You could have a different date every night of the week in this city, if you chose to do so. I once heard that waiters here don't really care which customers they are nice to throughout their shift because they know, that out of 8 million people, they are going to get their tips eventually. It's the same with dating: for every guy there is a girl, for every girl there is a guy. And for every girl there is a girl and for every guy there is a guy, they just can't get married yet.

Yet this guy sitting across from me, this nowhere man, claims to be single. Nope, he's just lazy. When I first arrived in this city, I noticed that couples tend to stick together either for six years or six weeks. Now, I am learning that it is not uncommon for people to carry several on relationships at a time. Have a couple crushes at once, fine, but having a couple girlfriends at once, these people cannot be serious about relating to one another. Is this a New York thing? I took an informal poll last weekend and some friends said that it was a New York thing, get used to it; while another friend, a dude, said, "No, it’s not a New York thing, it’s just an asshole thing."

Dating is one thing, but what about all these long term relationships, these couples who live together for six years in these confined little apartments? I really like to fall in love and I’m quite good at it. But how do people manage to do that in this place, where there are varying degrees of “open relationships” left and right, and carnal human contact is so readily available? With all of these different schedules, this congestion of humans, and with that, choices, how do you carve out the time to truly get to know someone? This city is, for lack of a better word, fucked.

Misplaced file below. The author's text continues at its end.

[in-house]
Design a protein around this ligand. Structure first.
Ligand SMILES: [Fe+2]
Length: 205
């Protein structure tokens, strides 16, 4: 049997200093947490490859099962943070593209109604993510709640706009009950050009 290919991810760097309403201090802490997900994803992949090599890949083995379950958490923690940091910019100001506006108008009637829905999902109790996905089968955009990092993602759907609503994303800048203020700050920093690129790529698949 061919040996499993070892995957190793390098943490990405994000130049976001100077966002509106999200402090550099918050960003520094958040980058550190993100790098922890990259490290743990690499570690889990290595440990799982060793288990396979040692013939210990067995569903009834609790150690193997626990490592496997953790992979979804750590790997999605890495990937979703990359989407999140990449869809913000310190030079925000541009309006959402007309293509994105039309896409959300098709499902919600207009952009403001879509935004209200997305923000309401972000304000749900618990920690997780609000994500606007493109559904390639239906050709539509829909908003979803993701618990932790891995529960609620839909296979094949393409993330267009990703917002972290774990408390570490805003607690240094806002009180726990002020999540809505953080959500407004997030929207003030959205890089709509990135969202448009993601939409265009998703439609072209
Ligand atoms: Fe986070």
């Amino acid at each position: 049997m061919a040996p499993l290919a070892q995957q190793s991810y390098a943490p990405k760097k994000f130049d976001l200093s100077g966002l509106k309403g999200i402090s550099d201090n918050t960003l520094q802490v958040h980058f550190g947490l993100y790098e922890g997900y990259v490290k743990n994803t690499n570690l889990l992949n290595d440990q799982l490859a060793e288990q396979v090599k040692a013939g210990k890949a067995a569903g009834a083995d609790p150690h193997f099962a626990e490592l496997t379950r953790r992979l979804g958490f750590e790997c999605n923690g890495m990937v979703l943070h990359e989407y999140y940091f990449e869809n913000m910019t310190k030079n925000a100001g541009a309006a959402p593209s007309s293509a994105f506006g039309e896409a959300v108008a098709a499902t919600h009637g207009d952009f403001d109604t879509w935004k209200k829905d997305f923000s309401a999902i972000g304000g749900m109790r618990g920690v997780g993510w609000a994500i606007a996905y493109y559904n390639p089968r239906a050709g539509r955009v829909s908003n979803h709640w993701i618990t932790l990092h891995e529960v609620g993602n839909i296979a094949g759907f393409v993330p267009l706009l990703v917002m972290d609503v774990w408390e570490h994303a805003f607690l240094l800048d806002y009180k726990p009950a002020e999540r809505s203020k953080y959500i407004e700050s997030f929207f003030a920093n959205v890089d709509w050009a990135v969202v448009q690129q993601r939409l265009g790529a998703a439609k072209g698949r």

The waiter shows up, asks if we would like another drink, my free loving companion says 'No thank you' and I say, 'Yes please, I'll have another watermelon vodka thing; it's on him.' So I downed that sucker, gave my new acquaintance a few more pieces of my mind, told him it was a pleasure, among other things, and went home.

Later, when relaying the story to my dad (who has been married to my mom for 32 years), we both got a kick out of it. "Where did you find this creep?"

"Oh, you know. We met at a party last weekend; we were making eyes across the room all night and then finally started talking."

"Next time you’re out," my father told me, "wear sunglasses."

Wednesday, July 05, 2006

'Til the Morning Comes

Last weekend’s holiday extension made Manhattan seem half-deserted, almost on the brink of stillness, offering a welcomed change of pace. Saturday was a watermelon-flavored bust, an unanticipated dent in my four day weekend. Other than that, there was a night in Williamsburg (Union Pool, Supreme Trading, blah, blah, blah), two street fairs, a long, stormy walk with my favorite neighbor, an original Velvet Underground pressing (tarnished now), a rendezvous with my Scottish pal, a brief tutorial on American pop culture, Katz Deli, to go margaritas, and about two dozen barbeques.

Independence Day presented a major life decision: is it best to spend your first New York 4th in Manhattan, in the middle of it all, or in Brooklyn, with a view of the fireworks above Manhattan? (My life is so hard.) We chose the latter, beginning in Bushwick and then jumping from one Brooklyn rooftop to the next, eventually ending our night back on Orchard Street, underneath a pirate flag, six flights above ground, on yet another roof. Now, with Wednesday morning being the new Monday morning, I wish I hadn’t pretended that Tuesday night was Saturday night.